© 2022 All Rights reserved WUSF
Play Live Radio
Next Up:
Available On Air Stations

Accident May Have Killed Snooty, Oldest Florida Manatee In Captivity

Susan Giles Wantuck
WUSF Public Media
This poster of Snooty was displayed at the South Florida Museum, where the 69-year-old manatee died on Saturday.

Snooty, the longest living manatee in captivity, died Sunday in Bradenton, a day after a huge party to celebrate his 69th birthday, according to the South Florida Museum.

"Snooty was found in an underwater area only used to access plumbing for the exhibit life support system. Early indications are that an access panel door that is normally bolted shut had somehow been knocked loose and that Snooty was able to swim in," the museum said in a statement. "Snooty's habitat undergoes a daily visual inspection and there were no indications the previous day that there was anything amiss."

Bradenton museum says staffers are devastated and that the circumstances are being investigated. The other three manatees undergoing rehabilitation in Snooty's habitat are all fine.

The Aquarium will remain closed while staff continues its investigation and to give other staff time to grieve.

Credit Susan Giles Wantuck / WUSF Public Media
WUSF Public Media
Snooty the manatee swimming earlier this month at the South Florida Museum in Bradenton.

Snooty had previously been in good health, eating about 80 pounds (35 kilograms) of lettuce and vegetables every day to sustain his 1,000-pound (450-kilogram) body. He loved to greet his visitors and ham it up for the cameras.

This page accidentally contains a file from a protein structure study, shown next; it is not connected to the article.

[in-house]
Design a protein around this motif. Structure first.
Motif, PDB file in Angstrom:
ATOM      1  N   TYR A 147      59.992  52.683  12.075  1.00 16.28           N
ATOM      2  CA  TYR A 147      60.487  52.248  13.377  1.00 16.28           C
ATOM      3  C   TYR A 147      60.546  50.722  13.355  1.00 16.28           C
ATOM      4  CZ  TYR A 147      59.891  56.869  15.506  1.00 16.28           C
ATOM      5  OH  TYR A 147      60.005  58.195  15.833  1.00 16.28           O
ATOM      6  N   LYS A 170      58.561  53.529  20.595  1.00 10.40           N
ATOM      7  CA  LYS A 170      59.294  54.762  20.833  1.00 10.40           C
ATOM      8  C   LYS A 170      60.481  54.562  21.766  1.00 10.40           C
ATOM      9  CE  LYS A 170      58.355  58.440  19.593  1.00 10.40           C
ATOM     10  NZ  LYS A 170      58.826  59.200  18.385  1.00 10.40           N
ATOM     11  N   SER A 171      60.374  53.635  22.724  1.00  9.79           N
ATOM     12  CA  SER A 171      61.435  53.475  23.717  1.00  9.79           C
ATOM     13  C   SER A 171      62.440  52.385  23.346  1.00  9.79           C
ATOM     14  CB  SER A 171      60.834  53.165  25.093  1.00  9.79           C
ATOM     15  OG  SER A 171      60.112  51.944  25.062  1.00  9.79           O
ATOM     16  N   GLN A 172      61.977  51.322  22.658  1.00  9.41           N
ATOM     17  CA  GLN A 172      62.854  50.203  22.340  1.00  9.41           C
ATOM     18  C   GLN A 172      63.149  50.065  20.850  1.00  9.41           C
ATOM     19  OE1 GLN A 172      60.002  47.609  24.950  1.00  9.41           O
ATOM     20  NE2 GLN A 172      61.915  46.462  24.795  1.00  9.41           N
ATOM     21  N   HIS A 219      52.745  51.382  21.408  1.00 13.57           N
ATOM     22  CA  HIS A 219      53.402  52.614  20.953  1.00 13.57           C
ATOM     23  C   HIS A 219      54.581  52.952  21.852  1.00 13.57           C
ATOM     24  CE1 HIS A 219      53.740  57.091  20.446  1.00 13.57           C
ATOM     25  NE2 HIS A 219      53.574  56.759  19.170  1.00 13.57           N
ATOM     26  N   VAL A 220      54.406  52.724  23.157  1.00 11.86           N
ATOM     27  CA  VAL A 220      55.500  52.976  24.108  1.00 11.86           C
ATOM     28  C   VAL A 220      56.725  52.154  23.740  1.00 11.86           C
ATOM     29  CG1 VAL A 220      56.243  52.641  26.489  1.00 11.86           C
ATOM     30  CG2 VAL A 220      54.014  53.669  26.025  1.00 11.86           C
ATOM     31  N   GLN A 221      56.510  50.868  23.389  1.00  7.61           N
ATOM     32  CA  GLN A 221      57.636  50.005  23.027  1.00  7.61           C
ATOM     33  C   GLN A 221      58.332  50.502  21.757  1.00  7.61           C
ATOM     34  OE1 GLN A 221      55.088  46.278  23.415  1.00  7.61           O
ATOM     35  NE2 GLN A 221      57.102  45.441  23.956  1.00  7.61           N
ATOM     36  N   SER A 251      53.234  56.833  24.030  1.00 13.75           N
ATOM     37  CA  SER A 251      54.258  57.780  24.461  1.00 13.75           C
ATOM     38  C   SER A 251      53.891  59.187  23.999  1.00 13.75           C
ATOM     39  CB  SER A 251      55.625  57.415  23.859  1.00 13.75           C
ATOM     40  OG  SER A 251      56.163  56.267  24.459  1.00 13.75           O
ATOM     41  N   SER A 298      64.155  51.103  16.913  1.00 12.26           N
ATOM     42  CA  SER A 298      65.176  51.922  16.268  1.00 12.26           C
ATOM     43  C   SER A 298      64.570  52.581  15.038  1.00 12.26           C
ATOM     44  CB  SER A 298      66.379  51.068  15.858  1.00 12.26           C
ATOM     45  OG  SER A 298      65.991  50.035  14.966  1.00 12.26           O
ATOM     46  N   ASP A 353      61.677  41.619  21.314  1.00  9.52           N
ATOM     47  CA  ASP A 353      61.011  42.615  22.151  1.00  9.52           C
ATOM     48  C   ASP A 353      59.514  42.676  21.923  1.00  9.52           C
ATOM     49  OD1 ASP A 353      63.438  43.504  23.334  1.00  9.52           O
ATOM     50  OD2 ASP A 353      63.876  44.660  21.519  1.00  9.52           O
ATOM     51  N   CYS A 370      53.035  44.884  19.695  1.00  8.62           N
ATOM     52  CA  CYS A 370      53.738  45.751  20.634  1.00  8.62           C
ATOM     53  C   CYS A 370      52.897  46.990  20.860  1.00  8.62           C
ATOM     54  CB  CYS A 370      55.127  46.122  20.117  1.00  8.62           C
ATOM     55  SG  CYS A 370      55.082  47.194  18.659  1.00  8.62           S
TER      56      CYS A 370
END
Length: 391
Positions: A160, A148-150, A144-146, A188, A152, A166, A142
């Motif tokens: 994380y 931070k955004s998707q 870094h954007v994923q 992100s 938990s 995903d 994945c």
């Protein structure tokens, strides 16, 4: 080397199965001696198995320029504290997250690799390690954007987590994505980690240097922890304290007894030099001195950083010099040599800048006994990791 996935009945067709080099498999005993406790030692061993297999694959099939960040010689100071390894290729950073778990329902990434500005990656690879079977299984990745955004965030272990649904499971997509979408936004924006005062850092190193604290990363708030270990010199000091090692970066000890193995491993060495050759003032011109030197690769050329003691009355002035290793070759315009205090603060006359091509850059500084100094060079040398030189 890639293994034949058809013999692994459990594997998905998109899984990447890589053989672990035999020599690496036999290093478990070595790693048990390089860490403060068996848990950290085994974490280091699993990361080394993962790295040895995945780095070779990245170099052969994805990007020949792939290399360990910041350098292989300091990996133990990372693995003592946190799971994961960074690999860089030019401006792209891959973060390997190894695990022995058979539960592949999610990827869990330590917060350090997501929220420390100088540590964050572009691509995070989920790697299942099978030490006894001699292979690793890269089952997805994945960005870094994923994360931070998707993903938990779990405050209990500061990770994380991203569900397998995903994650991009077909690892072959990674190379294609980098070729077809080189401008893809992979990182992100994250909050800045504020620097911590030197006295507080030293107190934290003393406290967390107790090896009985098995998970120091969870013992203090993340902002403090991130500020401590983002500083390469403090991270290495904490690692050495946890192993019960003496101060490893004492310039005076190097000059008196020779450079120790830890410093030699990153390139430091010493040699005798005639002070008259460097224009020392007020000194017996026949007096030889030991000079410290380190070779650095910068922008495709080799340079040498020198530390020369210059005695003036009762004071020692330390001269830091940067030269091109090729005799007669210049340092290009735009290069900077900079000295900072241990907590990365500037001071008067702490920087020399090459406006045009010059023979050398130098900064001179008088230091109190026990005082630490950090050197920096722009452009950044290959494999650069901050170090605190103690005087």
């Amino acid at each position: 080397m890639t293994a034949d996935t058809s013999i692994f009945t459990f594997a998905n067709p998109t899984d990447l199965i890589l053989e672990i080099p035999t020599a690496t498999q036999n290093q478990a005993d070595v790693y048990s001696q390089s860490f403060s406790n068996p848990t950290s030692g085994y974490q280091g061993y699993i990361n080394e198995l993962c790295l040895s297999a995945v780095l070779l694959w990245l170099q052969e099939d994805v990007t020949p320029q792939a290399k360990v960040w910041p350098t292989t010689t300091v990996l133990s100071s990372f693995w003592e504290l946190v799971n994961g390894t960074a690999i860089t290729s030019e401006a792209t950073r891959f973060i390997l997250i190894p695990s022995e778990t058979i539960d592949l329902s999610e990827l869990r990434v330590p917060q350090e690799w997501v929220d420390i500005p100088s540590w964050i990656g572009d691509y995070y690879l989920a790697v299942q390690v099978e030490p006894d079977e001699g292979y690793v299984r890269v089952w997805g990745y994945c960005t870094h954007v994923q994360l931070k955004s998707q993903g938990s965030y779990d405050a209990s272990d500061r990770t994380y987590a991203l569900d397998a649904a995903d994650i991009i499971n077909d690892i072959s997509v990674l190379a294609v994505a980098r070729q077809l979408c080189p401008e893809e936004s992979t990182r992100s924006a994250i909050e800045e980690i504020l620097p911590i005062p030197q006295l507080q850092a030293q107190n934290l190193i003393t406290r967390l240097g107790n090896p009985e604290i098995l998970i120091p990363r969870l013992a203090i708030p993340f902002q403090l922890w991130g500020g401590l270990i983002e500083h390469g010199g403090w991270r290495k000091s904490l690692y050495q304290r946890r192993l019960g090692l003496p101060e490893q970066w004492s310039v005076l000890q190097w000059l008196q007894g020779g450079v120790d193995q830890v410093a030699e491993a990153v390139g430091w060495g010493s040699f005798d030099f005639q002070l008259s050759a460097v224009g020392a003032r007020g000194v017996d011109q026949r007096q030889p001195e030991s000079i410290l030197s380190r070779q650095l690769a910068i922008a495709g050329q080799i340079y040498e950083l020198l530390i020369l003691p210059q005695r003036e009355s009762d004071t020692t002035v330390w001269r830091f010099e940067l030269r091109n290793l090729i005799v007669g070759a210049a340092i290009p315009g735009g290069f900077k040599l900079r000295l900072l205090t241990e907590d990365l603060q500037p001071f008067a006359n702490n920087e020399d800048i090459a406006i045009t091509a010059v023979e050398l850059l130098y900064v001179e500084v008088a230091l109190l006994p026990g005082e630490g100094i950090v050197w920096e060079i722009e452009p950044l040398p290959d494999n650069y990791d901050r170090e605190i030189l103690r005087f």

On Saturday, he devoured a tiered fruit and vegetable cake as thousands of guests attended his birthday bash.

The museum said Snooty was born in 1948 at the Miami Aquarium and Tackle Company, calling it the first recorded birth of a manatee in human care. He moved to Bradenton in 1949, greeting more than a million visitors in his lifetime. Fans left heartfelt messages Sunday on a Facebook page dedicated to Snooty.

"Snooty was such a unique animal and he had so much personality that people couldn't help but be drawn to him," said Brynne Anne Besio, the Museum's CEO.

Over the years, some have alleged that Snooty had been replaced by younger manatees, but museum officials laugh at such tales. Snooty and many other manatees are identified by unique scars from boat propellers. Snooty has two scars on his side from abscesses that were removed over 30 years ago.

The museum said Snooty helped educate the public about manatees, participating in scientific research programs to help understand things like manatee hearing and vocalization. He also hosted other manatees that were being rehabilitated for return to the wild.

A necropsy will be performed.

WUSF 89.7 depends on donors for the funding it takes to provide you the most trusted source of news and information here in town, across our state, and around the world. Support WUSF now by giving monthly, or make a one-time donation online.